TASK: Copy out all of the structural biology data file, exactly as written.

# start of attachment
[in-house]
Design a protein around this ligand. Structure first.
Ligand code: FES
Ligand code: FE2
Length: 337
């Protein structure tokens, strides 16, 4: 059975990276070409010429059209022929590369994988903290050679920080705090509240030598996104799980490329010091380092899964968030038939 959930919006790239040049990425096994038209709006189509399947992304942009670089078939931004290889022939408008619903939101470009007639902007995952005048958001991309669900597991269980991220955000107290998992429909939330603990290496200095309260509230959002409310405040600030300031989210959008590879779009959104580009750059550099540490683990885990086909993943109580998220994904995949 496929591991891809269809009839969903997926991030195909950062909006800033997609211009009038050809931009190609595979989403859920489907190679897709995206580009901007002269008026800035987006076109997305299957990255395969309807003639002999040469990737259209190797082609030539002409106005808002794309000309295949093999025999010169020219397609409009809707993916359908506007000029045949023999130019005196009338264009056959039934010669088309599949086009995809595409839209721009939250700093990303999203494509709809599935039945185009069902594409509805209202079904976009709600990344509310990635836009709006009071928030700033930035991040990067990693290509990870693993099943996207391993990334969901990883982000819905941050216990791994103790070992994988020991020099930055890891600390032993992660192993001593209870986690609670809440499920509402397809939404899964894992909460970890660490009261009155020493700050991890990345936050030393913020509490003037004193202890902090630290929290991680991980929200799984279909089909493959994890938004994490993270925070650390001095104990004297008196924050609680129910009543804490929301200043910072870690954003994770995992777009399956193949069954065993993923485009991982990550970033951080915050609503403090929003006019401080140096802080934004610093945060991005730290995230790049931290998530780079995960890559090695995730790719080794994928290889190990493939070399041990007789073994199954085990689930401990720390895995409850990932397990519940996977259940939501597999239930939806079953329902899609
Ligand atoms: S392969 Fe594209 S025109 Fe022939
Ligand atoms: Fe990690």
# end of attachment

[in-house]
Design a protein around this ligand. Structure first.
Ligand code: FES
Ligand code: FE2
Length: 337
């Protein structure tokens, strides 16, 4: 059975990276070409010429059209022929590369994988903290050679920080705090509240030598996104799980490329010091380092899964968030038939 959930919006790239040049990425096994038209709006189509399947992304942009670089078939931004290889022939408008619903939101470009007639902007995952005048958001991309669900597991269980991220955000107290998992429909939330603990290496200095309260509230959002409310405040600030300031989210959008590879779009959104580009750059550099540490683990885990086909993943109580998220994904995949 496929591991891809269809009839969903997926991030195909950062909006800033997609211009009038050809931009190609595979989403859920489907190679897709995206580009901007002269008026800035987006076109997305299957990255395969309807003639002999040469990737259209190797082609030539002409106005808002794309000309295949093999025999010169020219397609409009809707993916359908506007000029045949023999130019005196009338264009056959039934010669088309599949086009995809595409839209721009939250700093990303999203494509709809599935039945185009069902594409509805209202079904976009709600990344509310990635836009709006009071928030700033930035991040990067990693290509990870693993099943996207391993990334969901990883982000819905941050216990791994103790070992994988020991020099930055890891600390032993992660192993001593209870986690609670809440499920509402397809939404899964894992909460970890660490009261009155020493700050991890990345936050030393913020509490003037004193202890902090630290929290991680991980929200799984279909089909493959994890938004994490993270925070650390001095104990004297008196924050609680129910009543804490929301200043910072870690954003994770995992777009399956193949069954065993993923485009991982990550970033951080915050609503403090929003006019401080140096802080934004610093945060991005730290995230790049931290998530780079995960890559090695995730790719080794994928290889190990493939070399041990007789073994199954085990689930401990720390895995409850990932397990519940996977259940939501597999239930939806079953329902899609
Ligand atoms: S392969 Fe594209 S025109 Fe022939
Ligand atoms: Fe990690």